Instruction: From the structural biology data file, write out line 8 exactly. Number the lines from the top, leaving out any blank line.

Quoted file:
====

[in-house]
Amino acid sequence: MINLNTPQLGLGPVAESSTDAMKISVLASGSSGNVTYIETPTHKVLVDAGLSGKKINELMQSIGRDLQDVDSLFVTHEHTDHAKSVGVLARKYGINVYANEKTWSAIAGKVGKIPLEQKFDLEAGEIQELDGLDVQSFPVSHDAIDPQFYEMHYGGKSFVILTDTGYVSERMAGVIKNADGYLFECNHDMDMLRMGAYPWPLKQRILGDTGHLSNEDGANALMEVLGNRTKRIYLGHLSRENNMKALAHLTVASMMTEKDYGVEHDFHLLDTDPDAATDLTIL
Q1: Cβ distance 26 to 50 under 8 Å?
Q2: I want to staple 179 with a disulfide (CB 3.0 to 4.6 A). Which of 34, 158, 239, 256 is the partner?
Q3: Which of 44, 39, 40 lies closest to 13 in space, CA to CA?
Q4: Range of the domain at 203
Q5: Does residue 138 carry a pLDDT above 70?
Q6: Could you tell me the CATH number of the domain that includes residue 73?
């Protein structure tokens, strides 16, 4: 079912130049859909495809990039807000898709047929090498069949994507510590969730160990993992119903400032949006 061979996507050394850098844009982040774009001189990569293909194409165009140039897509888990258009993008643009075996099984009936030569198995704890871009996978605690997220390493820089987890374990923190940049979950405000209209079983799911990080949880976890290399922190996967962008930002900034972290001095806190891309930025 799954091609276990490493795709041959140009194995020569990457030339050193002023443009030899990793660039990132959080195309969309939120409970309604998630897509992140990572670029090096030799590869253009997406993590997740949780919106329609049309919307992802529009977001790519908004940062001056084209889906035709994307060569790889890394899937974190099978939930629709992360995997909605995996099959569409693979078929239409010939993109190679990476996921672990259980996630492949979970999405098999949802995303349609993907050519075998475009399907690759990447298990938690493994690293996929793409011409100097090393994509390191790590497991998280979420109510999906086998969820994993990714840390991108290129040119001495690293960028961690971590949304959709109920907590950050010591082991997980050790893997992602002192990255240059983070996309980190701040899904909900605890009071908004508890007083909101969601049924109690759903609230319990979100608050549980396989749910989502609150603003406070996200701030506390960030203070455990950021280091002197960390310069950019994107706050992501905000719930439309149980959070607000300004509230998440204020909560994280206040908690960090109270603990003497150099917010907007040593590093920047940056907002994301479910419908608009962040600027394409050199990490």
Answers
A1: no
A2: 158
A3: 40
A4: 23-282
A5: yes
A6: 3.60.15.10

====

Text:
Q6: Could you tell me the CATH number of the domain that includes residue 73?